Some naughty bees really need to behive! Imagine the nerve, building nests inside the walls of houses rather than in remote areas in the countryside. And this time they hid so well, even pest control couldn’t kill them. The desperate homeowner had no other options, so he called in David L. Glover aka  The Bartlett Bee Whisperer.

The Bartlett Bee Whisperer is a honey bee rescue and relocation service in a few Mid-Eastern/Southern States (West Tennessee, East Arkansas, and North Mississippi). After the Bee Whisperer rescues the bees, he then uses them to repopulate empty hive boxes for local beekeepers who have suffered colony losses.

“First I identify that they are indeed honey bees,” David told Bored Panda. “You’d be surprised how many people don’t know the difference between Bees and wasps or yellow jackets. I then locate the hive using forward-looking infrared. Step by step the area of the home is opened, and all combs removed. Brood combs are rubber banded into hive frames and honey goes into a bucket (as long as the bees have never been sprayed). If the homeowner is willing to eat a piece of comb with me, it’s probably never been sprayed. The bees who do not follow the combs into the new hive box are vacuumed into a two-stage vacuum. They are added back to the new hive once they are set up in their new yard.”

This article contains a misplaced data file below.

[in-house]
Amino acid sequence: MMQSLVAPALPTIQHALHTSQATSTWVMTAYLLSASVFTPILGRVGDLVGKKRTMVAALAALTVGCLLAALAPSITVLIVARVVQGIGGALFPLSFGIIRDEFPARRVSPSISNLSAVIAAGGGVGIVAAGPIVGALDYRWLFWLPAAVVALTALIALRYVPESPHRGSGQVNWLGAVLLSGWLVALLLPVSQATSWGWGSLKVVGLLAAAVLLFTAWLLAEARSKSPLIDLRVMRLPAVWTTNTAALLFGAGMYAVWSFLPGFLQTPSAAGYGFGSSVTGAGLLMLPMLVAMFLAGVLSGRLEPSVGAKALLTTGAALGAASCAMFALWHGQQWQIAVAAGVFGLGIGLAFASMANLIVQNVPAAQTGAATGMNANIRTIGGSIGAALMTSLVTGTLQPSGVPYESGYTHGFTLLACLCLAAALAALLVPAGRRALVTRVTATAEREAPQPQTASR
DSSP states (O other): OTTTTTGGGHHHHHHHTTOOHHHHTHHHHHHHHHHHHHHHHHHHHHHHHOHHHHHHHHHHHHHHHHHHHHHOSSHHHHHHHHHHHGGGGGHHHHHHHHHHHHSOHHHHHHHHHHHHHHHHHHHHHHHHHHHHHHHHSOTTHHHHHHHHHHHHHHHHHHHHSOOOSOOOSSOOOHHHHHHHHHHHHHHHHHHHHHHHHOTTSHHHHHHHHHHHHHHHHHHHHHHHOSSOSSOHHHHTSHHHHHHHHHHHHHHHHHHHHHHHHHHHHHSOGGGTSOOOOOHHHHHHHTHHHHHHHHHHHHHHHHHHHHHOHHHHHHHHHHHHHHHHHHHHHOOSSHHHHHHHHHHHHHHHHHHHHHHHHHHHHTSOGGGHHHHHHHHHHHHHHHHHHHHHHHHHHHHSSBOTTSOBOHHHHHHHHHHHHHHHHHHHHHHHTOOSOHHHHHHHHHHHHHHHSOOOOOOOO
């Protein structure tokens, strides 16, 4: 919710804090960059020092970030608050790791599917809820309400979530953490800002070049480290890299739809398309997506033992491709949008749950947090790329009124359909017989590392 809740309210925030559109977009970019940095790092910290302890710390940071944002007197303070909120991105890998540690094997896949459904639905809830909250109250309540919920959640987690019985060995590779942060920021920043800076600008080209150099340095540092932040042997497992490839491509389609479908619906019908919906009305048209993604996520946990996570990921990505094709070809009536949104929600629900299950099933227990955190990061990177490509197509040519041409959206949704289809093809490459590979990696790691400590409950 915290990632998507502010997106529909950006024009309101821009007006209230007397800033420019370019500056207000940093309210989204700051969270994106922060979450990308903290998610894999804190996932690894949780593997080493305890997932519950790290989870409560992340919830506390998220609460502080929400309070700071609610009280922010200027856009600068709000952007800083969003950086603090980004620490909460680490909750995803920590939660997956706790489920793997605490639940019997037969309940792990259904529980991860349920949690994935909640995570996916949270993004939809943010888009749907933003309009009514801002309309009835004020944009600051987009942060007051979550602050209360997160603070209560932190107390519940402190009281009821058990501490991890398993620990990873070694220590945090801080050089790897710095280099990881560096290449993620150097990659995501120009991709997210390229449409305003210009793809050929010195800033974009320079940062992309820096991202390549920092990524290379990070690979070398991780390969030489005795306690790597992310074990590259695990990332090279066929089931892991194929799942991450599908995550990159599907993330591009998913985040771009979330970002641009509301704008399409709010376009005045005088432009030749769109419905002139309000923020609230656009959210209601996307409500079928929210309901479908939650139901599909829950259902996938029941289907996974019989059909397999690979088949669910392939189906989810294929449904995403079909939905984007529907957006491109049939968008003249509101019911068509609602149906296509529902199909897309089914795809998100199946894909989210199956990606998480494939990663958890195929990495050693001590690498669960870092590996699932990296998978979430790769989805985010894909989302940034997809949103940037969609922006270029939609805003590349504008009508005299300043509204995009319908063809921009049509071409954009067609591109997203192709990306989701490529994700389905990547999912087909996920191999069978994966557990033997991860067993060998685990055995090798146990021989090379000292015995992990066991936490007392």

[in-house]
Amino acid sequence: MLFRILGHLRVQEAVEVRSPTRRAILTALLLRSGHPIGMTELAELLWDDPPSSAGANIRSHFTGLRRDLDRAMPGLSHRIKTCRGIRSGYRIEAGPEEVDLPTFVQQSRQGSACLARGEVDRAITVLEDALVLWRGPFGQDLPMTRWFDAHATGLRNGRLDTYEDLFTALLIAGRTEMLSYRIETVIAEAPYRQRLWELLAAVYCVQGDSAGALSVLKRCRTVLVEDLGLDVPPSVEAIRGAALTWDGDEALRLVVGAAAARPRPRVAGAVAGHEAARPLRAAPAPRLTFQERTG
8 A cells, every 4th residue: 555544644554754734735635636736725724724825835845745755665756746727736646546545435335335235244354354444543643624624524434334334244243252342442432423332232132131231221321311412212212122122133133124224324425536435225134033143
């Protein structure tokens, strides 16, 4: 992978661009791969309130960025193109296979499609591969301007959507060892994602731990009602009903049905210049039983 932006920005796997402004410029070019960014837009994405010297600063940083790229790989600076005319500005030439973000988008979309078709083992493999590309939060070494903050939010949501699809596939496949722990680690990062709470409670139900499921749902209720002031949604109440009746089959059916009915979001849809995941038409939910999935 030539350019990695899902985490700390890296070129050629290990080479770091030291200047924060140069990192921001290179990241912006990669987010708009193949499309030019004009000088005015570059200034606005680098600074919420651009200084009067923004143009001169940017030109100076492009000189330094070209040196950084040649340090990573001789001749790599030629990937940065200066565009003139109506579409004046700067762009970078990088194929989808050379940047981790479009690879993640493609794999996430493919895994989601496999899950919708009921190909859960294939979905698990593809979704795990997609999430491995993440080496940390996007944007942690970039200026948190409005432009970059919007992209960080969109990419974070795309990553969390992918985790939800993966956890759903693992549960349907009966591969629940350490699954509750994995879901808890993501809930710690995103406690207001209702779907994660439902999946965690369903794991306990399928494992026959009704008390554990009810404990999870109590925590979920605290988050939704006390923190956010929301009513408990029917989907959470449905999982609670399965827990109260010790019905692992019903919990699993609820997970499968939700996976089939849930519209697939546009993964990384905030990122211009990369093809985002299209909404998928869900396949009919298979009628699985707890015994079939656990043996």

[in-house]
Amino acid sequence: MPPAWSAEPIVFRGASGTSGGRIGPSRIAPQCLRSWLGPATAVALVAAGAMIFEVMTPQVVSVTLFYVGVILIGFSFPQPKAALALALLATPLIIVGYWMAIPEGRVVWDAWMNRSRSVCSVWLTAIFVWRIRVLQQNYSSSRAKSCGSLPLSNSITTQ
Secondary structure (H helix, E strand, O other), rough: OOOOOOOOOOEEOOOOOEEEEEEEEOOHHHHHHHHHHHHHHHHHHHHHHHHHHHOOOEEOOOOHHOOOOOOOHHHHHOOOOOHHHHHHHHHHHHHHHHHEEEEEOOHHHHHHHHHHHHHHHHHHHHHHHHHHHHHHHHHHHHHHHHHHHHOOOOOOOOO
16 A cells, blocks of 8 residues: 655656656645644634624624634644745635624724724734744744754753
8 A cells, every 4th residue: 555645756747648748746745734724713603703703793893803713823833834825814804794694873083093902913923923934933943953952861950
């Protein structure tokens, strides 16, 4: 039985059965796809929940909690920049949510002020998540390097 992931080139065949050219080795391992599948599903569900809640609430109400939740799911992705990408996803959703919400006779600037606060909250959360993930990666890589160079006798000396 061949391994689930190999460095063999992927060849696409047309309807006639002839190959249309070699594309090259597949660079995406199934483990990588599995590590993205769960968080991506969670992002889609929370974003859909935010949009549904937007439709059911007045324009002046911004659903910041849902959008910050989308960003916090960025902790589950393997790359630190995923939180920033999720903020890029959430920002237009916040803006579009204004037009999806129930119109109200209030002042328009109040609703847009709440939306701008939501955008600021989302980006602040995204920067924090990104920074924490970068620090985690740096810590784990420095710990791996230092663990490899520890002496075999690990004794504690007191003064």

“No one is aware of the size of their honey bee hive,” he added. “They are all surprised because they are expecting something the size of a wasp nest or hornet’s nest. The infrared gives them the first clue, but that’s only the brood combs of the hive. The babies are incubated at 94.5 degrees Fahrenheit. Any honey combs in the hive are cooler and usually don’t show on the IR.”

David has been doing this for 9 years. This time, however, even the experienced professional was intrigued. So much so that he decided to document everything and post it to Facebook. There, his story has been liked by nearly 50,000 people in just a few days. Continue scrolling and check out how everything unfolded! Just don’t forget your veil. You’ll need it.

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A honey bee rescue and relocation organization has shared its latest mission, and it has been liked by nearly 50,000 people in just a few days